Congratulations to Oliva Lum – World Entrepreneur of the year


 It is something that makes entrepreneurs in Singapore proud. One of our own being named as entrepreneur of the year, not in Singapore or Asia, but in the world.

Oliva’s story is one that should motivate many (http://en.wikipedia.org/wiki/Olivia_Lum and http://biz.thestar.com.my/news/story.asp?file=/2011/6/9/business/8862387&sec=business). She does not know who her real parents are. She was raised by an adopted person called ‘grandmother’ who gambled away her savings when Oliva was just three. She grew up humbly in a shack without running water and electricity in Perak. Her teacher was wise enough to recognise her potential and recommended her to go to Singapore to study at age 15. She studied her way to NUS, graduating with major in Chemistry, worked for a while and then founded Hyflux with just $20,000 initial capital and lots of passion (http://www.straitstimes.com/SME%2BSpotlight/SME%2BBlogs/Working%2Btowards%2BSuccess/STIStory_486283.html).

You don’t need rich parents and lots of connections to do well. Of course there are entrepreneurs like Richard Li whose father is the very rich Li Ka-Shing. But there are many more like Oliva Lum, George Quek and Sim Wong  Hoo who have humble background. They just have a lot of passion and drive to make things happen from a starting small.

Another thought I had of Oliva’s success is that it is also one of the positive examples of how our government can help a promising local start-up succeed. We needed clean water – Newater and desalination. We could have gone that usual safe route of awarding contracts only to big MNCs in this space. I am glad that Hyflux was one of the key providers of such services through public-private partnership when Hyflux was still a young and growing company. With success in Singapore, Hyflux is now providing such services to many countries overseas.

I feel it is important for our civil servants to think about developing local companies especially in key areas that we could start selling our services worldwide when we have succeeded in Singapore. I wish there are more examples like Hyflux’s. It is difficult to think of several more. More often than not, our civil servants awarding large and key c0ntracts are paralysed by fear that if anything goes wrong with the project after they have awarded to a local start-up, their careers would be jeopardised. A top civil servant told me once in private his reason for awarding a large contract to a foreign IT firm is that he is awarding to the known best in the field and if anything goes wrong in future, that will not be the fault of the awarding committee. How sad if that was the main reason driving that award, which I knew went to the foreign firm that charged much more than comparable local solutions.  Unfortunately, that is not the only case I know of which the awarding committee’s primary concern was about how to answer in case of future failures.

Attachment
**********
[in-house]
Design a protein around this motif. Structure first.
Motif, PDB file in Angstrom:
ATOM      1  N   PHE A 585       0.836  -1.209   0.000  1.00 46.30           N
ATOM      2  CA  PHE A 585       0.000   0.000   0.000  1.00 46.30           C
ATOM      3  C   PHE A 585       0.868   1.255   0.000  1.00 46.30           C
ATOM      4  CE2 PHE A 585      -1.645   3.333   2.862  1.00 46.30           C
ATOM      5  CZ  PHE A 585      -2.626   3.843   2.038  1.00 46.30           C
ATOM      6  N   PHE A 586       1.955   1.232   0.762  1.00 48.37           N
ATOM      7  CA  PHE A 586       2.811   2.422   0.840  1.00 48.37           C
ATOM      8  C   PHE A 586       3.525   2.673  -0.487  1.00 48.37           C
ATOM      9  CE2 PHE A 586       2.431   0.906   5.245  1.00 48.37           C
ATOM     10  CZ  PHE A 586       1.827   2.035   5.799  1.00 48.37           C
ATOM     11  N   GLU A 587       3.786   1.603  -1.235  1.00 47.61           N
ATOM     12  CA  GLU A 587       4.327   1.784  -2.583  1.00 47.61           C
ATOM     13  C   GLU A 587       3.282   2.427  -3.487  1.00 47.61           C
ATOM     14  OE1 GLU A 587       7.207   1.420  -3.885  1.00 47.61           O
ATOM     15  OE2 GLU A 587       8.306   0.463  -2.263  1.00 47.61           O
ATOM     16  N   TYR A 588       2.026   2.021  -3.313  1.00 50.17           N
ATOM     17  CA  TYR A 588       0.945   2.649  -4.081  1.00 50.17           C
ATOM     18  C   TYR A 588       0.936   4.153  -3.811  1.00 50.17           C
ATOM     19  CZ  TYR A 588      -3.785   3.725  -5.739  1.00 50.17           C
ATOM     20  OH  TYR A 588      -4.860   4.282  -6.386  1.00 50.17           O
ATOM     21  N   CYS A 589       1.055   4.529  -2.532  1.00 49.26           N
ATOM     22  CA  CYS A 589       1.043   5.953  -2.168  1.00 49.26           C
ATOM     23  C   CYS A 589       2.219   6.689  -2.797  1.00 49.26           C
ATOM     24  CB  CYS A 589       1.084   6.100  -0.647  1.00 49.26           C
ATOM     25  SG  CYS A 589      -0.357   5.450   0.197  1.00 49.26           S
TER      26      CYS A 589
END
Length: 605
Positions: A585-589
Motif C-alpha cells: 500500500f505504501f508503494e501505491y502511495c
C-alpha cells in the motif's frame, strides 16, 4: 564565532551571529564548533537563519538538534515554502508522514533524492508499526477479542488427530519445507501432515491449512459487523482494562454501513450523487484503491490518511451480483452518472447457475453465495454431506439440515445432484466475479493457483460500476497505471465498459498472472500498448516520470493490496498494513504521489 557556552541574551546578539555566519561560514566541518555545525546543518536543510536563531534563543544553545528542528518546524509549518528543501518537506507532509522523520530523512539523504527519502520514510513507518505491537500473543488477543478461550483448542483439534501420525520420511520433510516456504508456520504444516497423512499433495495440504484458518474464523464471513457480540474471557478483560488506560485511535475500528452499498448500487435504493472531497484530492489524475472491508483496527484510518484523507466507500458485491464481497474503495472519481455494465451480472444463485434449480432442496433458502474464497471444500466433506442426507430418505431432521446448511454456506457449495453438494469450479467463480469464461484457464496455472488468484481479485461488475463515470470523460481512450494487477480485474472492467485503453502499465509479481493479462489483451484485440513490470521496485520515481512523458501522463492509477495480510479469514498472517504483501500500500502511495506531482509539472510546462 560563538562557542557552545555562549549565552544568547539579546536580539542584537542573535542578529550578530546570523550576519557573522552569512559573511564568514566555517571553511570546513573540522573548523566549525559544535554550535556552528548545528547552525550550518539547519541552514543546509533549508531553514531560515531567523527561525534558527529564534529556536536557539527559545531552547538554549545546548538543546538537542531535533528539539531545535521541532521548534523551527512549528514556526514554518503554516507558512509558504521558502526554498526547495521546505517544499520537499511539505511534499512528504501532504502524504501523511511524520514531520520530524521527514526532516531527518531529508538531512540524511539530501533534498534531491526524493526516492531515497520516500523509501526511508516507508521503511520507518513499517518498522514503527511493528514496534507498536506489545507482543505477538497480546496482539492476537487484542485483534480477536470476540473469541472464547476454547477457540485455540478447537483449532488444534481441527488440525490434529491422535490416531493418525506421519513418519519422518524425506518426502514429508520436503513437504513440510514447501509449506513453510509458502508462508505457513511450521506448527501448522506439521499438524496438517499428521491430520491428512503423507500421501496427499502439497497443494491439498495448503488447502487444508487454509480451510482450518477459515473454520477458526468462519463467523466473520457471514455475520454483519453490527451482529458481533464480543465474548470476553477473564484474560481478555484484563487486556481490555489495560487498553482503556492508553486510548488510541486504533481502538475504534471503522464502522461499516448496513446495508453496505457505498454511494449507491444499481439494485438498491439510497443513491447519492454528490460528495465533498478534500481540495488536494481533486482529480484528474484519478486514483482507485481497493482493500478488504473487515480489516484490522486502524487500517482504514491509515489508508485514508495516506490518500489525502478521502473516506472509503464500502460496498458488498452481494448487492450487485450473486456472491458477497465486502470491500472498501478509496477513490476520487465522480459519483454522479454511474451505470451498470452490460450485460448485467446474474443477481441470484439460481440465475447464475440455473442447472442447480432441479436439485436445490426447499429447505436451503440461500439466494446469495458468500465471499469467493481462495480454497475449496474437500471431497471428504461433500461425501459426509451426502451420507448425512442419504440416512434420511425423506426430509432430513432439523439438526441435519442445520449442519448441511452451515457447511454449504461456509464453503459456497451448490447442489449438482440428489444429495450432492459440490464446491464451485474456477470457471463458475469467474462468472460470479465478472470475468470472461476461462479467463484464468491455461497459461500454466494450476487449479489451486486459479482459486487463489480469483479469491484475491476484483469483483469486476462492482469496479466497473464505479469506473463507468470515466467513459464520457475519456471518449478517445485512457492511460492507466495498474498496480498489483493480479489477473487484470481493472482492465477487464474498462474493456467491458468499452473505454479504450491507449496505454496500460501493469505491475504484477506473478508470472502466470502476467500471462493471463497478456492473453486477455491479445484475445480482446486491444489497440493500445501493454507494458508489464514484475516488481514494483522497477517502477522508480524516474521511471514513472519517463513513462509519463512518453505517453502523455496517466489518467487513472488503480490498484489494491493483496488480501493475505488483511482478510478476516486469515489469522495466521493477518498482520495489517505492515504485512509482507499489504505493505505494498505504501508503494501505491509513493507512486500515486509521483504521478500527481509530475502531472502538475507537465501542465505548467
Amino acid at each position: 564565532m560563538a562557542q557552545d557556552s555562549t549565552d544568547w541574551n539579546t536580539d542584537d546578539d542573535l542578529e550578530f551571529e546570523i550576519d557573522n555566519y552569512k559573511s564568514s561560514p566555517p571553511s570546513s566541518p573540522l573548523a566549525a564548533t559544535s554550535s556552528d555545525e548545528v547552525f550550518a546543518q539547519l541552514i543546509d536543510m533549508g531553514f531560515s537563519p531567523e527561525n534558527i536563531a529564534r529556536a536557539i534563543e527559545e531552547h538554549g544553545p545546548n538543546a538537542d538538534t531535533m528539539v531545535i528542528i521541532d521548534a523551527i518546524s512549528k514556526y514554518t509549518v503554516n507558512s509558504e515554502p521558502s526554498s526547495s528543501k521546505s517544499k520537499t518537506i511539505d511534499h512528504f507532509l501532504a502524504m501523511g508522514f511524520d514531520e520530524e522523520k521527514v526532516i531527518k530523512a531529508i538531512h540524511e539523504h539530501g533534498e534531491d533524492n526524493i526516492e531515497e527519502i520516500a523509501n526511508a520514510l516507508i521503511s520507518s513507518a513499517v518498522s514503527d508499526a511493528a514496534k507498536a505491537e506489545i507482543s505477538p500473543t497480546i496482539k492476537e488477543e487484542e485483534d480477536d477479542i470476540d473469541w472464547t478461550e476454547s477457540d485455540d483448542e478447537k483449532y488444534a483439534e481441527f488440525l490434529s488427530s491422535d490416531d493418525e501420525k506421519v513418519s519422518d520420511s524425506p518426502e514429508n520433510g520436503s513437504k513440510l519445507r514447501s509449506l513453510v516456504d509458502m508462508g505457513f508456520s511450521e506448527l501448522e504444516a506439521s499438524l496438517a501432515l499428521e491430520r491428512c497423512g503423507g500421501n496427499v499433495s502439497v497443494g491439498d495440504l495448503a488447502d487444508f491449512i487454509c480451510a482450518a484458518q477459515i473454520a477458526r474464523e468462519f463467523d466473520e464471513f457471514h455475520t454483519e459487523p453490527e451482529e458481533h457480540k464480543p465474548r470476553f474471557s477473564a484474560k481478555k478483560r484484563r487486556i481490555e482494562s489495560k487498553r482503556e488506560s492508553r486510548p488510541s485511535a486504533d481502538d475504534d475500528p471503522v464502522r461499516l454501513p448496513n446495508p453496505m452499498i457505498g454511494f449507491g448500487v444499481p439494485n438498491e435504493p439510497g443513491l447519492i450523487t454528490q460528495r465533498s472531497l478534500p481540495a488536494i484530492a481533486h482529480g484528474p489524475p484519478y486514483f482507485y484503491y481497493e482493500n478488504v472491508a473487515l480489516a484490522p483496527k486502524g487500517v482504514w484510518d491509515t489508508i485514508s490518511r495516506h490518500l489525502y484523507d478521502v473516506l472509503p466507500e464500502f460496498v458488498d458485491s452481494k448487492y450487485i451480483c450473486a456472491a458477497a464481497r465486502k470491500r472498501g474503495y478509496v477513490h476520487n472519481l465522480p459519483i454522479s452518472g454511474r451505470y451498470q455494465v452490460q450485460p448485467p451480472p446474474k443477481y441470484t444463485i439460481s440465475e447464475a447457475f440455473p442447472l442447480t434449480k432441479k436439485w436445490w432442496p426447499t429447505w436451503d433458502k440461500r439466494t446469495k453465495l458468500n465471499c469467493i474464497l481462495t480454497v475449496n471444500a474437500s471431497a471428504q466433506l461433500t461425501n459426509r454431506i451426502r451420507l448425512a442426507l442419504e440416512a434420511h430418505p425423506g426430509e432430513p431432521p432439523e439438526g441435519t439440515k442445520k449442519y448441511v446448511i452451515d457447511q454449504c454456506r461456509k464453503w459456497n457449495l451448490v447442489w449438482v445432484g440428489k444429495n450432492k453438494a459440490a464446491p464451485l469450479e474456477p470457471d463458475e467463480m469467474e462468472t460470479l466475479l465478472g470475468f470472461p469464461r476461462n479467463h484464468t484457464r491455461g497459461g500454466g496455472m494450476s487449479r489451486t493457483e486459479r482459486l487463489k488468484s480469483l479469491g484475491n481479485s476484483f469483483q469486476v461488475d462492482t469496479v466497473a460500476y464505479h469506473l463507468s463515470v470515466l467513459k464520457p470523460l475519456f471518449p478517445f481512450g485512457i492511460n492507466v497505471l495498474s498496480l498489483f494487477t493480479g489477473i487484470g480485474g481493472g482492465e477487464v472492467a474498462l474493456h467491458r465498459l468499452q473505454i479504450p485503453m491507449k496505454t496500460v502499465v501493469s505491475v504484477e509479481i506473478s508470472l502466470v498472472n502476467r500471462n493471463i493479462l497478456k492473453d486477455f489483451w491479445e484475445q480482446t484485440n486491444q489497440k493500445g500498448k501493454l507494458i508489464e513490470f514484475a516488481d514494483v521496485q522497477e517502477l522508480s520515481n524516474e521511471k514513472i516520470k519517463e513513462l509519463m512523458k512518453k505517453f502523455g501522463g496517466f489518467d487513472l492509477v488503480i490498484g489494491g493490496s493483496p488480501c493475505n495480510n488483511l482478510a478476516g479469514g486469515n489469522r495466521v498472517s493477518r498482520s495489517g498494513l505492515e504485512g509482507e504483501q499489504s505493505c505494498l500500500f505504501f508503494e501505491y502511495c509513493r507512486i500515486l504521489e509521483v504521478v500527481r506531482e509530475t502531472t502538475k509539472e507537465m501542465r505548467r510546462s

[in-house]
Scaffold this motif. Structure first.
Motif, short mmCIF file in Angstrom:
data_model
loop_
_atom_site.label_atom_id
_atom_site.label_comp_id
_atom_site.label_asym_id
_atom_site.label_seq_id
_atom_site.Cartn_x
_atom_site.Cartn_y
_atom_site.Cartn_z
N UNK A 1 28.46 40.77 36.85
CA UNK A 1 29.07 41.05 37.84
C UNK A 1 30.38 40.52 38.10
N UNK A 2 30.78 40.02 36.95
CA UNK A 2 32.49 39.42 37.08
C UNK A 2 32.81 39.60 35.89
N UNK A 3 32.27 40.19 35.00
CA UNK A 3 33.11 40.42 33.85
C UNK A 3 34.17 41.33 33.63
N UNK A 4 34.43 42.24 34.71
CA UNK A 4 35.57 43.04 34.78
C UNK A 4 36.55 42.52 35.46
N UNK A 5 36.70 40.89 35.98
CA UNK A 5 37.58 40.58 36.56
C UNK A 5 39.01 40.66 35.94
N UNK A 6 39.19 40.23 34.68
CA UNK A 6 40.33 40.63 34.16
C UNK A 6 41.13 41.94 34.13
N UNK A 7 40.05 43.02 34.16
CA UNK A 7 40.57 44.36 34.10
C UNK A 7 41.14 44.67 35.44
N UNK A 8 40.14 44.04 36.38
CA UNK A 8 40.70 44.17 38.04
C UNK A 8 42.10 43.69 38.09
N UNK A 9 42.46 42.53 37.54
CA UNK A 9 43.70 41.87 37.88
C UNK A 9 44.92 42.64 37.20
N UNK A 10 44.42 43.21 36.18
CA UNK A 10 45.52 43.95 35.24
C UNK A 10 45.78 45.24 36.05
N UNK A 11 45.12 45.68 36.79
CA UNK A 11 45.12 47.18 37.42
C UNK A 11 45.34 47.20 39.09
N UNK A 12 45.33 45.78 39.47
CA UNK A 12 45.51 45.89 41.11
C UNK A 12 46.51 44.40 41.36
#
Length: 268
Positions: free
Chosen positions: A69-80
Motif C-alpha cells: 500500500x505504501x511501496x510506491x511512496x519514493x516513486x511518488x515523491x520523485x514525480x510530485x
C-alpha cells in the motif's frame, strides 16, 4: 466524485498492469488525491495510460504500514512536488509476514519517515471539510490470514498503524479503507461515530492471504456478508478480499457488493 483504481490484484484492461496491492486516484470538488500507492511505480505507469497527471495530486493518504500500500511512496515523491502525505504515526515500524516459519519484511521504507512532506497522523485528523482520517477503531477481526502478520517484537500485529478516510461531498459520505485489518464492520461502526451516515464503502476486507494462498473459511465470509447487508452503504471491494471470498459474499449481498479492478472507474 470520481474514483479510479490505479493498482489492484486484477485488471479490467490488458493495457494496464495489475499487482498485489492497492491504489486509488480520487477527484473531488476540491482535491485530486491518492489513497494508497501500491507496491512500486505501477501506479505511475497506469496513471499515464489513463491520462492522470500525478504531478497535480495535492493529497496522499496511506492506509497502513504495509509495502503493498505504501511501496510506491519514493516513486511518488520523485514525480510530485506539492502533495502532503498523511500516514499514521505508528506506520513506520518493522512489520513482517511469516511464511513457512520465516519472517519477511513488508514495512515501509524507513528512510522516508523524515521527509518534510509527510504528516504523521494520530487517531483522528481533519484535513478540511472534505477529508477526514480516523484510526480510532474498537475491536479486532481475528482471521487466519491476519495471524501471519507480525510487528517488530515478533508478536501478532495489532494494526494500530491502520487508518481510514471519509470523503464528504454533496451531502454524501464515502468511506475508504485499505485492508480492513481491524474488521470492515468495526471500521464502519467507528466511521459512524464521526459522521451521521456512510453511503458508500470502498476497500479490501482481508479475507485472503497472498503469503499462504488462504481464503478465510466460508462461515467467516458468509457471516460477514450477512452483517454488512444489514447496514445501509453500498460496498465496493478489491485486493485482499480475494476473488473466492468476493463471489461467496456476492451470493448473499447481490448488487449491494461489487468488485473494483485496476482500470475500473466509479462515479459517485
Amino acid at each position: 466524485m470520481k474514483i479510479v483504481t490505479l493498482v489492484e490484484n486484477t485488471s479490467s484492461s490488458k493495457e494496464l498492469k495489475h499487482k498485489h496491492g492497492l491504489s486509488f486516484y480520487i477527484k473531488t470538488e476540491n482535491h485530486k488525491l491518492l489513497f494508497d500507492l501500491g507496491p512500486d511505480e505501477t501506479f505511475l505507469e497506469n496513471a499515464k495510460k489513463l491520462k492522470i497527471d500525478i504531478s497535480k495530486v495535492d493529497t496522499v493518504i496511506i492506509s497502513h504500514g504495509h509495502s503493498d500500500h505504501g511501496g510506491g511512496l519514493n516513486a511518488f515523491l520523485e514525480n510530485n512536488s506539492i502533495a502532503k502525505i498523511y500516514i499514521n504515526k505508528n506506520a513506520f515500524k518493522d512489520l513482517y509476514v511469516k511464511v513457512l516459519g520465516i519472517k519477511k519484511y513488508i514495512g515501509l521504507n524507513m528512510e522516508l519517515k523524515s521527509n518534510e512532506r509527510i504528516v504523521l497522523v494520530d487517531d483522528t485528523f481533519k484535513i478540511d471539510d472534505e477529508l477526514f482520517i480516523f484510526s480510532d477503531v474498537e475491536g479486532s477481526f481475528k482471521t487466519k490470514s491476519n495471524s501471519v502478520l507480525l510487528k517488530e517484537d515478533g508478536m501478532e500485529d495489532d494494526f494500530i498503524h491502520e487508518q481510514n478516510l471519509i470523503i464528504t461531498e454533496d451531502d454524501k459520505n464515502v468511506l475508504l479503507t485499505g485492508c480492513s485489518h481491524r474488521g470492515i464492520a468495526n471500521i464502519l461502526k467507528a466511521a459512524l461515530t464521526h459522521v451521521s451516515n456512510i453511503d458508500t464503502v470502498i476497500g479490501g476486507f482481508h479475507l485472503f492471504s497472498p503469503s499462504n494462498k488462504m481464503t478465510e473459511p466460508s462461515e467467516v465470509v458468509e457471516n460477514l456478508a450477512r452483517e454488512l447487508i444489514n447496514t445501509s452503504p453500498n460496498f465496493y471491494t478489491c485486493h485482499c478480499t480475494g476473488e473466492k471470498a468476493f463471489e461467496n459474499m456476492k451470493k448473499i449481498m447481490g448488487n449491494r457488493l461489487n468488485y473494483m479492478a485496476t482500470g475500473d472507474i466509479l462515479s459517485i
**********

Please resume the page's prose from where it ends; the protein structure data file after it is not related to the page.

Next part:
Many times, our government agencies promote start-up through grants. There’s nothing wrong with grants and they are useful to drive initiatives in certain areas. But grants do not make companies succeed. Companies need a thriving marketplace with real demand driving the growth of companies. We need to enlarge the marketplace by being more open to using the services of promising local start-ups by government departments and by not crowding our start-ups with Government-Linked Companies (GLCs) and the likes of NTUC going into every space they can lay their hands on.

I congratulate Oliva once again and wish that we can have more of such global successes with our local companies, hopefully with some useful push by our government through a friendlier business environment.

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3 comments on “Congratulations to Oliva Lum – World Entrepreneur of the year

  1. Sir,

    I’ve followed your posts for some time already. Great contents, but there is a notable tendency for you to just write on and on as they cropped up in your mind.

    SORRY for being rude, but I just want more surfers to read on your awesome sharing.

    You may want to consider more paragraphing, shorter sentences, etc. Wish to help.

  2. If those so-called foreign talents that we now have are like Oliva, I’m sure no one will be so unhappy. Oliva’s success reflects well on Singapore as a place that still allows someone who has the capability but without strong family background to succeed based on his/her own efforts.

    I feel more needs to be done to promote local entrepreneurship:

    (1) Low rents for start-ups
    (2) Easier access to credit from start-ups
    (3) Certain portion of government projects to allow for local start-ups to bid up among themselves to secure them, to allow them to get some experience and head-start before expanding further
    (4) Government to stop creating property bubbles in the future by doing something to ‘wag’ up property prices because this can give a signal to clever ones to go into property speculation instead of starting up some real business.
    (5) Regular reviews on regulations to make sure they don’t kill off entrepreneurship
    (6) A one-stop center to cater to small and medium enterprises

    What else? Anyone can add some more ideas?

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